Prolific metal writer Adrien Begrand reports on Roadburn 2014, “Europe’s leading underground festival for psychedelic, avant-garde, doom or any other variation of leftfield sonic pleasures that push the boundaries of music” (www.roadburn.com). All photos by Paul Verhagen (www.AchromeMoments.nl).
Day One: Thursday, April 10
After a crazy, hurry-up-and-wait 24-hour travel day which included stops in Toronto, Paris, and Rotterdam, I arrived in Tilburg, Netherlands 15 minutes later than scheduled, but after a quick taxi ride, check-in at my hotel, and a swift 15-minute walk to the 013 Poppodium, I had my press credentials and hustled through the crowded, narrow Veemarktstraat and up the stairs of the Het Patronaat church annex to witness Locrian‘s festival-opening set. What greeted me was the most ungodly wall of white noise, one of the loudest bands I’ve ever heard in this venue. On record Locrian can be very abstract, but this performance focused on the more visceral side of the band’s sound, and it was extraordinary to witness in person.
A bit of a half hour lull kicked in afterward as the fest’s first day slowly built up steam. Sourvein in the theatre, Brutus in the Green Room, Hull in the Stage 01—three bands that do absolutely nothing for me. I popped into all shows, thought, ’Yep, still not my thing,’ and headed back to the Patronaat to catch 40 Watt Sun. The venue quickly filled up, and the trio proceeded to play its typically pretty, weepy brand of doom. I had very fond memories of the band’s performance in 2012, so I had no problem leaving 20 minutes into the set in order to check out Regarde Les Hommes Tomber, who annihilated a jam-packed Green Room with its doomy take on black metal.
One of the most anticipated events of the day was the set by Beastmilk. Mat McNerny is already a Roadburn veteran, having led Hexvessel onstage on more than one occasion here. This time around, instead of playing innovative folk metal, he’s playing derivative post-punk, and for all its slavish mimicking of Joy Division a dozen years after it was fashionable, it has clicked, both with metal fans who don’t know how unoriginal it is and with those who have a weakness for vintage goth. Interestingly the songs that worked best were the more forceful selections, such as “Death Reflects Us” and “Genocidal Crush.” It was also a nice, upbeat respite from all that day’s doom ’n’ gloom.
After a quick glimpse of Samothrace, who were mind-blowingly good and convinced me to listen to their previous album more often, I officially hit the wall. When you’re almost fainting standing watching a band, it’s time for a break. So I enjoyed one of my favourite indulgences in Tilburg, a Trappist burger at Polly Maggoo over on the local restaurant row around the corner, with frites, mayo (of course), washed down with the wonderful locally brewed La Trappe dubbel, while wondering if I should have been a little smarter and spent the extra money to get here a day early and be properly rested up. When you immerse yourself in music like I do at Roadburn, the pace can be relentless and punishing, and the fact that I was already feeling it was a dire sign.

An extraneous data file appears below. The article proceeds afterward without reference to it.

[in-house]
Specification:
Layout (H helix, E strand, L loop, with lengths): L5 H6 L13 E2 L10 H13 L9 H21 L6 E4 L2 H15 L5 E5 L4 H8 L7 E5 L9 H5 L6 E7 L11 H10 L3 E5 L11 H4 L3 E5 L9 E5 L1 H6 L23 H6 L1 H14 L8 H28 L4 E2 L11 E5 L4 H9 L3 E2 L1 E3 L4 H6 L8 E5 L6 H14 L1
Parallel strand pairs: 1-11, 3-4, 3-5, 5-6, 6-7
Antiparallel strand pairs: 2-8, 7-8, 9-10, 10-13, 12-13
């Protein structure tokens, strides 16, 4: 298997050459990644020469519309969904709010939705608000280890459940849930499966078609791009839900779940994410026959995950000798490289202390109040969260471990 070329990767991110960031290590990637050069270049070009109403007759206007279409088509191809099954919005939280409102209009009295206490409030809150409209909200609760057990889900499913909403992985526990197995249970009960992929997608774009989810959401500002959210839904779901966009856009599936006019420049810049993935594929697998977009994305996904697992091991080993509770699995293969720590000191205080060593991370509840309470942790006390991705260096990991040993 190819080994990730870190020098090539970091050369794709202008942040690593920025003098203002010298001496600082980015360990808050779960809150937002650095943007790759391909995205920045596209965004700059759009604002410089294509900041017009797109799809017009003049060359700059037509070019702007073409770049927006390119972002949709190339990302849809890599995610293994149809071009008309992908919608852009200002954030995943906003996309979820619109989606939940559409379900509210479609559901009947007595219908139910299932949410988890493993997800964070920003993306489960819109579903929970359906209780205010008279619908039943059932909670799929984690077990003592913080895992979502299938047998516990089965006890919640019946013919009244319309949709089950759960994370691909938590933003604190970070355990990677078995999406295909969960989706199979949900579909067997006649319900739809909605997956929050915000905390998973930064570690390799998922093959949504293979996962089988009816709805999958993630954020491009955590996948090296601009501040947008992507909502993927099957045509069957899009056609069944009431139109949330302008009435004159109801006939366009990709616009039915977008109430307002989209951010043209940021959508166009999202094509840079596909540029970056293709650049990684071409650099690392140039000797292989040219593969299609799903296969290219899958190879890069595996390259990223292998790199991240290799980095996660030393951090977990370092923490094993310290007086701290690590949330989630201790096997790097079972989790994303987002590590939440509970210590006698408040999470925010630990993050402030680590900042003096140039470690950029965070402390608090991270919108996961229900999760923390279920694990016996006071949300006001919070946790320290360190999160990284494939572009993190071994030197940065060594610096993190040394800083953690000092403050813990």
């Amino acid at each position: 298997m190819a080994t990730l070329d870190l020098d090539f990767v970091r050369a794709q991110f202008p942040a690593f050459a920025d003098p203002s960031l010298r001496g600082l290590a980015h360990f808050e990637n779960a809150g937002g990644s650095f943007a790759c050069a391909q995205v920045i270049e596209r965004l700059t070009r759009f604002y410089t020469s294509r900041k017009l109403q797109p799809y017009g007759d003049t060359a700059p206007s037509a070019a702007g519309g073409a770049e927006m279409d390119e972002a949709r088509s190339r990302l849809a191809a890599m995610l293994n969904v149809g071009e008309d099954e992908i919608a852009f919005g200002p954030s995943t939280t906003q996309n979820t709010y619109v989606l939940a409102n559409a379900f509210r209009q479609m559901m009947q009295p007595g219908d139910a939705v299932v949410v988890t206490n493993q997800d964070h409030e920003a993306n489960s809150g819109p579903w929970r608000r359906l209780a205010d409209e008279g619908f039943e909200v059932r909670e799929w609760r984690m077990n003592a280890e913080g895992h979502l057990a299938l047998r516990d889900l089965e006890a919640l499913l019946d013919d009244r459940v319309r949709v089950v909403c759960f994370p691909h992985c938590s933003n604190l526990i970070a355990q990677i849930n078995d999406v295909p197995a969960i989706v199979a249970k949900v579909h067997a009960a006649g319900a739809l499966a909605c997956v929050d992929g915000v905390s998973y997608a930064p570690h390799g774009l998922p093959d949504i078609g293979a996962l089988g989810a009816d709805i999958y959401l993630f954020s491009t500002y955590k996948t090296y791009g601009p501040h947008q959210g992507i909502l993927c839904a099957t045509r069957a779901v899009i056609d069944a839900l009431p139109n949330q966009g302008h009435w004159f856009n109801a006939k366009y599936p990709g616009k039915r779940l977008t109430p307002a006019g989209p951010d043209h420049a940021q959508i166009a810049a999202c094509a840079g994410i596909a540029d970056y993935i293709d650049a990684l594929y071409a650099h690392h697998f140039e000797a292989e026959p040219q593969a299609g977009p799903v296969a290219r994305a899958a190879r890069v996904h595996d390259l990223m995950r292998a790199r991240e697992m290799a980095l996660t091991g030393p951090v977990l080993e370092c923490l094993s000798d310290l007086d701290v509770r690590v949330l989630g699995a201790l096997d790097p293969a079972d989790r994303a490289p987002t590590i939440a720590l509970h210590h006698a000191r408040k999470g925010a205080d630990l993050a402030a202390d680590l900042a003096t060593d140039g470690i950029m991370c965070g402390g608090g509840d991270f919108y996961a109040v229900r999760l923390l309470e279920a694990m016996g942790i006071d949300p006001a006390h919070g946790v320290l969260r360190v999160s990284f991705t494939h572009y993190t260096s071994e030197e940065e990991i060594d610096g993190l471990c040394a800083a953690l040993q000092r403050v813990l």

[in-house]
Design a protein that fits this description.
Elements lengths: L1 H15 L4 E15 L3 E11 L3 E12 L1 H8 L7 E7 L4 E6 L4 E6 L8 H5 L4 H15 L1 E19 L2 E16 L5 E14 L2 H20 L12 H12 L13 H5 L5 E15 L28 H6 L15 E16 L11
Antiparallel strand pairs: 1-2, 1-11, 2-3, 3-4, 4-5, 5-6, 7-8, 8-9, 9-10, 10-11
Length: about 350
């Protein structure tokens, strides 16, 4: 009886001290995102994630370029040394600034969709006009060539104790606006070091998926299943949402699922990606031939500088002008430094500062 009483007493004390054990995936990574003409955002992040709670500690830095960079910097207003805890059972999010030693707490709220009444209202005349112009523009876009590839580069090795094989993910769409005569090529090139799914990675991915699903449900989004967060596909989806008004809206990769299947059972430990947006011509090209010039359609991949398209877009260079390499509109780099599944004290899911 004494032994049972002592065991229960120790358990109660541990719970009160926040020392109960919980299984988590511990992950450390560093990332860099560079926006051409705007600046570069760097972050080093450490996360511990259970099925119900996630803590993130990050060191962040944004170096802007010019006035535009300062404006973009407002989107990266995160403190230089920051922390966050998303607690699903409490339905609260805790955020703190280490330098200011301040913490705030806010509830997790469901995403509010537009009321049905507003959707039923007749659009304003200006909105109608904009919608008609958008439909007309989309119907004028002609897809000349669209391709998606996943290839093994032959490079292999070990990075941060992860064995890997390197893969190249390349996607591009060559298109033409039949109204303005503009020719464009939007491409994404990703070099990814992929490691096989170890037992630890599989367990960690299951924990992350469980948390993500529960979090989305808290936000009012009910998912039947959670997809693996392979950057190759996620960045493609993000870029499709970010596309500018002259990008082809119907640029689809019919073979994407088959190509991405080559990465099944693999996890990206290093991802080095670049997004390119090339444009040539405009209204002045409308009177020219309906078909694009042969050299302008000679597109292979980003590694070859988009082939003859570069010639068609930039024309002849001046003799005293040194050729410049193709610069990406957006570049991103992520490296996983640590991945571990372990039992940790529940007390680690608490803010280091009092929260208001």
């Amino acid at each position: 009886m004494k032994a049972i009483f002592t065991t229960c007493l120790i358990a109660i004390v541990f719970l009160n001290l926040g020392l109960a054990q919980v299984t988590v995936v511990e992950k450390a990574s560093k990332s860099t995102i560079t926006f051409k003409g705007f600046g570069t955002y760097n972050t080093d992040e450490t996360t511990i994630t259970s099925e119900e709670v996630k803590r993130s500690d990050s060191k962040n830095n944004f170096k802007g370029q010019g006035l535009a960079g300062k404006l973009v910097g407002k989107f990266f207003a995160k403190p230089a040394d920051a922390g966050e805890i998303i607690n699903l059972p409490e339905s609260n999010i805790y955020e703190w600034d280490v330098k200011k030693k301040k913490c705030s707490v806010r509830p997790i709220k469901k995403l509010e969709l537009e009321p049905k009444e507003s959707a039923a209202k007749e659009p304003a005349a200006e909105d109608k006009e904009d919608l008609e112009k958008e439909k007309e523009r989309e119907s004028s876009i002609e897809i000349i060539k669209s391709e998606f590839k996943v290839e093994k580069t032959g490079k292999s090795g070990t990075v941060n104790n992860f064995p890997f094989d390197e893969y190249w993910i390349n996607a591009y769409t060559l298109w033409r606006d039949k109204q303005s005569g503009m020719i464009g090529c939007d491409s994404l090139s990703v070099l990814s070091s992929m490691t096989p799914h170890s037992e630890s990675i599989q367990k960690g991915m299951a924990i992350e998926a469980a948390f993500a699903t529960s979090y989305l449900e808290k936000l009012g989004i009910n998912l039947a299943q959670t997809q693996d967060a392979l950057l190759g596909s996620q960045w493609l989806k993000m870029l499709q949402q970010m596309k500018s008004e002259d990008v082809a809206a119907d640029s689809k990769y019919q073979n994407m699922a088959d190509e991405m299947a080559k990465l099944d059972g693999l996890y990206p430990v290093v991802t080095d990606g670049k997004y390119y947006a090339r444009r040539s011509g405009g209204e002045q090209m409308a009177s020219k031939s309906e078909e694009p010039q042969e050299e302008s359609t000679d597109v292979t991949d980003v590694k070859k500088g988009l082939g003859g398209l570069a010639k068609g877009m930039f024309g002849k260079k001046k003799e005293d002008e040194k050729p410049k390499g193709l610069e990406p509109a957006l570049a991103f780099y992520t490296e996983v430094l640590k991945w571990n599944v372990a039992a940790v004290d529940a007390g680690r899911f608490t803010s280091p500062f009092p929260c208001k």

I could only spare a half hour to relax, as I had to see Cult of Dom Keller, one of my must-see bands of the day. I first learned of them three years ago when they put out a split single with Shooting Guns, and they were even better than expected, very much in keeping with the heavy Can vibe, playing lengthy, hypnotic heavy rock jams that were catchy, groovy, and quite ferocious. Unfortunately the band was so good I had to miss Nothing’s hyped performance at the Patronaat, but I didn’t need to see an overrated Ride cover band. I zipped into the main stage to see Corrections House, who came off as very convincing with their blend of riffs, industrial beats, and snarled poetry by Mike IX Williams. I’d rather have seen him with Eyehategod, but it was still solid.
Liverpool doom kings Conan were the big draw of the day, and the Patronaat quickly filled to capacity. I had a prime spot as they started, sounding the heaviest I have ever heard—this side of YOB anyway—but two ten-minute songs in, I was a wreck, the exhaustion setting in again despite my recently downed Red Bull. At the Patronaat, there’s one thing you do when you’re tired: head upstairs to the plush balcony. I luckily found a quiet corner, and after dozing off twice while writing my notes—it took me five minutes to write one sentence—I drifted off, awash in the thunderous, reverberating sounds of Conan’s spectacular set.
Strangely, after that surreal power nap, in more ways than one, I felt the best I had in 12 hours, and after a quick peek at Crowbar—yep, that sounds like Crowbar—I headed to the Green Room to see Anciients’ first European show. Oddly, it was the first time I’ve seen them live in a year and a half. They sounded fantastic, benefiting hugely from the impeccable mix, and the packed room was very enthusiastic as the band played “Overthrone,” “Falling in Line,” and a new song during their 45 minute set.
After a peek at Bong’s main-stage show—like Crowbar, Bong was Bong—I scored a good spot in the tiny Stage 01 where Finnish duo Mantar played a sensational blend of sludge, doom, and pure rock ’n’ roll. Half an hour in, though, it was time to call it a day. Over to the quirky and noisy take-out joint Karnak for a traditional midnight dürum döner kebab, then the weary 15-minute shuffle back to the hotel, where I immediately slept for ten hours.